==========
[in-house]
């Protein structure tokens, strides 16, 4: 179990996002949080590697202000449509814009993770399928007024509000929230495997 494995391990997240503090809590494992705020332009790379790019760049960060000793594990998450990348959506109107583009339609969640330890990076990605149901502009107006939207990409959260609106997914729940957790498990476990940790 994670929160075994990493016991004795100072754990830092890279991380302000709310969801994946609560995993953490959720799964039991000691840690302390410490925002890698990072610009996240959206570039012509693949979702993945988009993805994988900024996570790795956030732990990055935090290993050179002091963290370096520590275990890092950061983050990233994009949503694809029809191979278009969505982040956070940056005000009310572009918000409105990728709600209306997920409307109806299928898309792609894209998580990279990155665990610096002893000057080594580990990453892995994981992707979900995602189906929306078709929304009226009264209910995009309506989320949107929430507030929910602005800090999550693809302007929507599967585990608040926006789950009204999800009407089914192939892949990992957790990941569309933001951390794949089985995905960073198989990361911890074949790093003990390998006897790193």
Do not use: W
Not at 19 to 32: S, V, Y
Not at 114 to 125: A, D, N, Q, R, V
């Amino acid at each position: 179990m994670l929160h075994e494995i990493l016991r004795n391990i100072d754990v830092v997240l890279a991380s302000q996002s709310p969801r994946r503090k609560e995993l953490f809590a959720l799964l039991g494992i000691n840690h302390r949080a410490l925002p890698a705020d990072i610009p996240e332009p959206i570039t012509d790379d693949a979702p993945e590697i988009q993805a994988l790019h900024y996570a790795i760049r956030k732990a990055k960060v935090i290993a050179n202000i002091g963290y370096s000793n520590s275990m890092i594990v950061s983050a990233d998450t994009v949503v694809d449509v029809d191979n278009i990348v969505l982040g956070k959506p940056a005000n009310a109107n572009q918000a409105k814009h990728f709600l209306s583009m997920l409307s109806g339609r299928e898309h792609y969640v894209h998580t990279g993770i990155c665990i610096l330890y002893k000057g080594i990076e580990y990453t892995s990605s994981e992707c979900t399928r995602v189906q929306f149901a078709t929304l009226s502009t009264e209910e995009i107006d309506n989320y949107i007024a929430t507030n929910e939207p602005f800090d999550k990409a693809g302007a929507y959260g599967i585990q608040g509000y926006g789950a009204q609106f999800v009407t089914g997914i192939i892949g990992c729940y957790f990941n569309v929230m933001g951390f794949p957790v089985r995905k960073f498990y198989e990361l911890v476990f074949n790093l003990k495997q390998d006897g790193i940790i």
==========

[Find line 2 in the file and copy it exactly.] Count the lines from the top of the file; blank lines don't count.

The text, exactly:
């Protein structure tokens, strides 16, 4: 179990996002949080590697202000449509814009993770399928007024509000929230495997 494995391990997240503090809590494992705020332009790379790019760049960060000793594990998450990348959506109107583009339609969640330890990076990605149901502009107006939207990409959260609106997914729940957790498990476990940790 994670929160075994990493016991004795100072754990830092890279991380302000709310969801994946609560995993953490959720799964039991000691840690302390410490925002890698990072610009996240959206570039012509693949979702993945988009993805994988900024996570790795956030732990990055935090290993050179002091963290370096520590275990890092950061983050990233994009949503694809029809191979278009969505982040956070940056005000009310572009918000409105990728709600209306997920409307109806299928898309792609894209998580990279990155665990610096002893000057080594580990990453892995994981992707979900995602189906929306078709929304009226009264209910995009309506989320949107929430507030929910602005800090999550693809302007929507599967585990608040926006789950009204999800009407089914192939892949990992957790990941569309933001951390794949089985995905960073198989990361911890074949790093003990390998006897790193």